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Browsing named entities in a specific section of Edward Porter Alexander, Military memoirs of a Confederate: a critical narrative. Search the whole document.

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Thomas L. Casey (search for this): chapter 1
n Washington Territory with the detachment of our company. With my wife I sailed on the steamer Northern Light for Aspinwall on Aug. 10; by the John L. Stephens from Panama on the 19th; and by the Cortes from San Francisco on Sept. 8; landing at Steilacoom City on Sept. 20. All steamers of those days were side wheelers. The post was commanded by Col. Silas Casey of the 9th Infantry, and garrisoned by two companies of the 9th Infantry and our detachment of 36 Engineer troops under Lt. Thomas L. Casey. There were no duties but those of company routine. The post was a very pleasant one, the woods and waters abounded in game and fish, the climate was mild and open, and the fall and winter passed rapidly. But it was a period of great anxiety to Southern officers whose native states, after debating the question of secession, began one after another to take the step. There was generally little active interest taken by army officers in political questions, but, with few exceptions,
McPherson (search for this): chapter 1
ort Steilacoom, 1860. leaving Steilacoom. at San Francisco. interview with McPherson. resign from U. S. Army. New York to Georgia. Captain of Engineers, C. S. xpress relieving me from duty with my company, and ordering me to report to Lt. McPherson in charge of Alcatraz Island, San Francisco harbor. I was very sorry to egraph line brought news of the fall of Fort Sumter. So when I reported to McPherson, in obedience to my orders, I told him that I must resign and go with my stat remain in San Francisco, which would detain me at least two months. While McPherson proved himself afterward to be a great soldier, he was also one of the most a feel the same way about it. So I wrote my resignation, dating it May 1, and McPherson gave me leave of absence, and did everything possible to make my going easy ar, which I saw everywhere, both at the North and in the South. They recalled McPherson's comparison of the military strength of the two sections, and did not discre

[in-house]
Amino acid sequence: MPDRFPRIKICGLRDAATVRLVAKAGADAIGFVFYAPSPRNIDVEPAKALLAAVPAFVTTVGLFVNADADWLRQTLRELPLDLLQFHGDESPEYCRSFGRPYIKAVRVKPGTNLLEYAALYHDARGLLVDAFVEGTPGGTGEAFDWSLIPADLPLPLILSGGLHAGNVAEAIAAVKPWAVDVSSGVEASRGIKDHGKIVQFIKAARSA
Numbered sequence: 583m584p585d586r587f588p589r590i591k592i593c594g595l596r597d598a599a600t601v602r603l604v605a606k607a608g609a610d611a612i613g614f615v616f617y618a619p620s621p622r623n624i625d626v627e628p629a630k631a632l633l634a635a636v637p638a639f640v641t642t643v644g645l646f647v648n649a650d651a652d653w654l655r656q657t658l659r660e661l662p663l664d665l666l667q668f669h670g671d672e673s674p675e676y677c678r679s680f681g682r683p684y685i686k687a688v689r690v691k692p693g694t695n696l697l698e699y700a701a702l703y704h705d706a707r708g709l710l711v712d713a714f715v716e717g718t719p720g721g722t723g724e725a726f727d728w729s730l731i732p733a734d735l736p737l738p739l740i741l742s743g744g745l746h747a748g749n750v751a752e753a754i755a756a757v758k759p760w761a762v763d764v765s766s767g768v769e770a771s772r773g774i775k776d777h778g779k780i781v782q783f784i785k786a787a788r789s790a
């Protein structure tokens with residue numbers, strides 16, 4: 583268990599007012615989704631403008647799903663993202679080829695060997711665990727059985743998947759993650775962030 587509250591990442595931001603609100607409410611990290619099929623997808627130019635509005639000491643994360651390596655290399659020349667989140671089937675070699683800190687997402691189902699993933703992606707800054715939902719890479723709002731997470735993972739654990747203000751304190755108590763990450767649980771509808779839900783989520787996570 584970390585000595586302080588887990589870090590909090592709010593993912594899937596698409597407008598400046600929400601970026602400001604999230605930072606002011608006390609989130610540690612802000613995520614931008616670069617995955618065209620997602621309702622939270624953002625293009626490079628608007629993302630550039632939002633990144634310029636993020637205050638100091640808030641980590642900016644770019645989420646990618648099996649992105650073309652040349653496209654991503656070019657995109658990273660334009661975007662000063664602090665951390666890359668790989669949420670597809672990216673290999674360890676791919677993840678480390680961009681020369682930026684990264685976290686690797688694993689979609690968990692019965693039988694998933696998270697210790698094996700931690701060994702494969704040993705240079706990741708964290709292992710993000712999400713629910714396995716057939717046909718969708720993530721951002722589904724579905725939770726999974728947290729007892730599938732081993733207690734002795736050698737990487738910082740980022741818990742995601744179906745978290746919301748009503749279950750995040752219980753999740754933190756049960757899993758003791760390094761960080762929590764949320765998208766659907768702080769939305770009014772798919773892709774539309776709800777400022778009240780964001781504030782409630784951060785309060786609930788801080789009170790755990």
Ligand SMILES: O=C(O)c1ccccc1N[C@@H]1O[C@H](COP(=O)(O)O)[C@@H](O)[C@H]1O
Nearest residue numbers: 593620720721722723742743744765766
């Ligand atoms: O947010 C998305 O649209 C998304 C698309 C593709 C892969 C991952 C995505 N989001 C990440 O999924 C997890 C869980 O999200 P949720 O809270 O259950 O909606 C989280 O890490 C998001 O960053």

Dan Sickles (search for this): chapter 1
atus. President Buchanan felt himself pledged, and decided to order Anderson back to Fort Moultrie, and acquainted the Attorney-General, Stanton, with his decision. Mr. Stanton immediately set to work to defeat this intention. He summoned Dan Sickles, and planned with him to have at once salutes of 100 guns fired in New York and Philadelphia in honor of Anderson's act, and to have telegrams in hundreds showered on the President, congratulating him as a second Jackson, and a saviour of the country by his firmness. Men and Memories, Mrs. J. R. Young, p. 25. These demonstrations were effectively made under the joint action of Sickles and John Russell Young in Washington, of Dougherty in Philadelphia, and of Rynders in New York. They worked upon the weak side of Buchanan's character, and Anderson was allowed to remain in Fort Sumter. Buchanan excused himself to the Carolinians by saying that he would have ordered Anderson back, had they given him time before themselves ta
Ellsworth (search for this): chapter 1